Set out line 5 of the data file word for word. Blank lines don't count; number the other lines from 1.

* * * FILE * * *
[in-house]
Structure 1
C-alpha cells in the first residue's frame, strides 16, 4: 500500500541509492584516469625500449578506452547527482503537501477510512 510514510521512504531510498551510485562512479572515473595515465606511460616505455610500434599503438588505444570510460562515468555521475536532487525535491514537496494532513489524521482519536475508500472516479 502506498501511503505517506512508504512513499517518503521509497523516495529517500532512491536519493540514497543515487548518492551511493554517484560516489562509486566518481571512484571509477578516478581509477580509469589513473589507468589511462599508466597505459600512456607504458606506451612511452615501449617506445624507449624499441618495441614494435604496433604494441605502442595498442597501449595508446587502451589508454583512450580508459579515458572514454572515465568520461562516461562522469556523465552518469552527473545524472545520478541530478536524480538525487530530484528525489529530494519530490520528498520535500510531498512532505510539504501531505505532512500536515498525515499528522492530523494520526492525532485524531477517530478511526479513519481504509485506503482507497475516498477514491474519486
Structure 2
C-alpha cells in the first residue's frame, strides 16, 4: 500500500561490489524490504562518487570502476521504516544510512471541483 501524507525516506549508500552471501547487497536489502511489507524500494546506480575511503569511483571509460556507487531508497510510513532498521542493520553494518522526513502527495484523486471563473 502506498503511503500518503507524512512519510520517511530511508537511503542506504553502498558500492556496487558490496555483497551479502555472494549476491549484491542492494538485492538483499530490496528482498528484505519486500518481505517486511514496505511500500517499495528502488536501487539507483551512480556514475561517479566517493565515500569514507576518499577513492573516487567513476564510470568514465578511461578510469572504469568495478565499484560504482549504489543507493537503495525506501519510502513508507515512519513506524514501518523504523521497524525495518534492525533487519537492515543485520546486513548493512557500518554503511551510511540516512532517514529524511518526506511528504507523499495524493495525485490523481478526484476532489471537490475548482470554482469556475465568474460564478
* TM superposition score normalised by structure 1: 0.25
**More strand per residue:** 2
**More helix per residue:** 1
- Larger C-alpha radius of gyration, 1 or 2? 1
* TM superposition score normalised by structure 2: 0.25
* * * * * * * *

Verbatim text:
C-alpha cells in the first residue's frame, strides 16, 4: 500500500561490489524490504562518487570502476521504516544510512471541483 501524507525516506549508500552471501547487497536489502511489507524500494546506480575511503569511483571509460556507487531508497510510513532498521542493520553494518522526513502527495484523486471563473 502506498503511503500518503507524512512519510520517511530511508537511503542506504553502498558500492556496487558490496555483497551479502555472494549476491549484491542492494538485492538483499530490496528482498528484505519486500518481505517486511514496505511500500517499495528502488536501487539507483551512480556514475561517479566517493565515500569514507576518499577513492573516487567513476564510470568514465578511461578510469572504469568495478565499484560504482549504489543507493537503495525506501519510502513508507515512519513506524514501518523504523521497524525495518534492525533487519537492515543485520546486513548493512557500518554503511551510511540516512532517514529524511518526506511528504507523499495524493495525485490523481478526484476532489471537490475548482470554482469556475465568474460564478